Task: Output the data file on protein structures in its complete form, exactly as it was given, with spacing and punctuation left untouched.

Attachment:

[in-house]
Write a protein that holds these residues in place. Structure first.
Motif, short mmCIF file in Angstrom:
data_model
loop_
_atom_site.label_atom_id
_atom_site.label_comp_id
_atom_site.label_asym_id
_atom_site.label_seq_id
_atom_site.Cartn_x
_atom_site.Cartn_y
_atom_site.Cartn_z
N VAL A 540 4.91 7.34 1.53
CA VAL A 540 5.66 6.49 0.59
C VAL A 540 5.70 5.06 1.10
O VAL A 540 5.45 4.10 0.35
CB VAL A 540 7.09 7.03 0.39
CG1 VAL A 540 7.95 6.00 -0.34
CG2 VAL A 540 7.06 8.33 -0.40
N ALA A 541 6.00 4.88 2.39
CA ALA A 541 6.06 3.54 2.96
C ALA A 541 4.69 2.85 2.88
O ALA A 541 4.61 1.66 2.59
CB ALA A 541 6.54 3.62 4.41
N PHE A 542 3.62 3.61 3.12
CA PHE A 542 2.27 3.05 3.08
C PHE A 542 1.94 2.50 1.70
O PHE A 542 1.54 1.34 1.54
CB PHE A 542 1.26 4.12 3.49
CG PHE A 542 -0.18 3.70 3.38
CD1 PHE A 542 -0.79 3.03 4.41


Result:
[in-house]
Write a protein that holds these residues in place. Structure first.
Motif, short mmCIF file in Angstrom:
data_model
loop_
_atom_site.label_atom_id
_atom_site.label_comp_id
_atom_site.label_asym_id
_atom_site.label_seq_id
_atom_site.Cartn_x
_atom_site.Cartn_y
_atom_site.Cartn_z
N VAL A 540 4.91 7.34 1.53
CA VAL A 540 5.66 6.49 0.59
C VAL A 540 5.70 5.06 1.10
O VAL A 540 5.45 4.10 0.35
CB VAL A 540 7.09 7.03 0.39
CG1 VAL A 540 7.95 6.00 -0.34
CG2 VAL A 540 7.06 8.33 -0.40
N ALA A 541 6.00 4.88 2.39
CA ALA A 541 6.06 3.54 2.96
C ALA A 541 4.69 2.85 2.88
O ALA A 541 4.61 1.66 2.59
CB ALA A 541 6.54 3.62 4.41
N PHE A 542 3.62 3.61 3.12
CA PHE A 542 2.27 3.05 3.08
C PHE A 542 1.94 2.50 1.70
O PHE A 542 1.54 1.34 1.54
CB PHE A 542 1.26 4.12 3.49
CG PHE A 542 -0.18 3.70 3.38
CD1 PHE A 542 -0.79 3.03 4.41